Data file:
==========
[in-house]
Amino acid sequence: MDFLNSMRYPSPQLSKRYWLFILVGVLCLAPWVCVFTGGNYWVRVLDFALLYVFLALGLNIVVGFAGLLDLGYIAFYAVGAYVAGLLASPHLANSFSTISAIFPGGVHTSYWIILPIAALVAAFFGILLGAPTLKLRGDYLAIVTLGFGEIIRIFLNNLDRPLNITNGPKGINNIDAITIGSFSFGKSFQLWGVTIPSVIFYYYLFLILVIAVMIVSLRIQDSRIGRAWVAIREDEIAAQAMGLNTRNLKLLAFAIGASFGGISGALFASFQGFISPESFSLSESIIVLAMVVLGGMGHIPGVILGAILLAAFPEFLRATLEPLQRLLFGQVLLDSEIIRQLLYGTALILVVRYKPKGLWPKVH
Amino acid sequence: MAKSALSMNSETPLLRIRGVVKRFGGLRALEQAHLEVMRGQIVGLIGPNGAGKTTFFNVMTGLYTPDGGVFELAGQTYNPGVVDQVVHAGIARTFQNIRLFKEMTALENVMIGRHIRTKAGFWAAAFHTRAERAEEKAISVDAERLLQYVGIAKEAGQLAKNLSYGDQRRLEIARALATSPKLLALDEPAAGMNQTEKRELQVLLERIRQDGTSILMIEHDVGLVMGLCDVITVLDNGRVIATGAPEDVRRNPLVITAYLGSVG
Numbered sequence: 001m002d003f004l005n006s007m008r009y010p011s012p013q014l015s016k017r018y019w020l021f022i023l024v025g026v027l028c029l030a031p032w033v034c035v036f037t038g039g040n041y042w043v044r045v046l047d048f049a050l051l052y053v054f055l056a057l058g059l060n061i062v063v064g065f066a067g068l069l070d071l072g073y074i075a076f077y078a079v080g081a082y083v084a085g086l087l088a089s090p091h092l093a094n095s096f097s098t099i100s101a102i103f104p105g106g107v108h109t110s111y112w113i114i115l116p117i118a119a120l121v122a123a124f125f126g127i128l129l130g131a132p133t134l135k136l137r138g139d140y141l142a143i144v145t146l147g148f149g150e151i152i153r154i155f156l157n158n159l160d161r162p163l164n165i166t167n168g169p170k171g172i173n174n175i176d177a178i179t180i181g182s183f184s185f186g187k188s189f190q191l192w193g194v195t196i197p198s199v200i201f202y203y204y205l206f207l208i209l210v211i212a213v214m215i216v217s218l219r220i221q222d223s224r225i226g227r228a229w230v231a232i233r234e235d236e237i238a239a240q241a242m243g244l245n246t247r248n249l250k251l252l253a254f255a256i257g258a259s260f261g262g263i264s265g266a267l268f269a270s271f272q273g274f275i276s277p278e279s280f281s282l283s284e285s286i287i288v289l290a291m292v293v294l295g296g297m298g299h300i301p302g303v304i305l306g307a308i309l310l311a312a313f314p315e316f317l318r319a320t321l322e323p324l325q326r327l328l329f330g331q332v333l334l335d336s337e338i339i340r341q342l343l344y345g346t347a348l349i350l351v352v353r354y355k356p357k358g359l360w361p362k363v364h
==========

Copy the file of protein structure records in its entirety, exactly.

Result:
[in-house]
Amino acid sequence: MDFLNSMRYPSPQLSKRYWLFILVGVLCLAPWVCVFTGGNYWVRVLDFALLYVFLALGLNIVVGFAGLLDLGYIAFYAVGAYVAGLLASPHLANSFSTISAIFPGGVHTSYWIILPIAALVAAFFGILLGAPTLKLRGDYLAIVTLGFGEIIRIFLNNLDRPLNITNGPKGINNIDAITIGSFSFGKSFQLWGVTIPSVIFYYYLFLILVIAVMIVSLRIQDSRIGRAWVAIREDEIAAQAMGLNTRNLKLLAFAIGASFGGISGALFASFQGFISPESFSLSESIIVLAMVVLGGMGHIPGVILGAILLAAFPEFLRATLEPLQRLLFGQVLLDSEIIRQLLYGTALILVVRYKPKGLWPKVH
Amino acid sequence: MAKSALSMNSETPLLRIRGVVKRFGGLRALEQAHLEVMRGQIVGLIGPNGAGKTTFFNVMTGLYTPDGGVFELAGQTYNPGVVDQVVHAGIARTFQNIRLFKEMTALENVMIGRHIRTKAGFWAAAFHTRAERAEEKAISVDAERLLQYVGIAKEAGQLAKNLSYGDQRRLEIARALATSPKLLALDEPAAGMNQTEKRELQVLLERIRQDGTSILMIEHDVGLVMGLCDVITVLDNGRVIATGAPEDVRRNPLVITAYLGSVG
Numbered sequence: 001m002d003f004l005n006s007m008r009y010p011s012p013q014l015s016k017r018y019w020l021f022i023l024v025g026v027l028c029l030a031p032w033v034c035v036f037t038g039g040n041y042w043v044r045v046l047d048f049a050l051l052y053v054f055l056a057l058g059l060n061i062v063v064g065f066a067g068l069l070d071l072g073y074i075a076f077y078a079v080g081a082y083v084a085g086l087l088a089s090p091h092l093a094n095s096f097s098t099i100s101a102i103f104p105g106g107v108h109t110s111y112w113i114i115l116p117i118a119a120l121v122a123a124f125f126g127i128l129l130g131a132p133t134l135k136l137r138g139d140y141l142a143i144v145t146l147g148f149g150e151i152i153r154i155f156l157n158n159l160d161r162p163l164n165i166t167n168g169p170k171g172i173n174n175i176d177a178i179t180i181g182s183f184s185f186g187k188s189f190q191l192w193g194v195t196i197p198s199v200i201f202y203y204y205l206f207l208i209l210v211i212a213v214m215i216v217s218l219r220i221q222d223s224r225i226g227r228a229w230v231a232i233r234e235d236e237i238a239a240q241a242m243g244l245n246t247r248n249l250k251l252l253a254f255a256i257g258a259s260f261g262g263i264s265g266a267l268f269a270s271f272q273g274f275i276s277p278e279s280f281s282l283s284e285s286i287i288v289l290a291m292v293v294l295g296g297m298g299h300i301p302g303v304i305l306g307a308i309l310l311a312a313f314p315e316f317l318r319a320t321l322e323p324l325q326r327l328l329f330g331q332v333l334l335d336s337e338i339i340r341q342l343l344y345g346t347a348l349i350l351v352v353r354y355k356p357k358g359l360w361p362k363v364h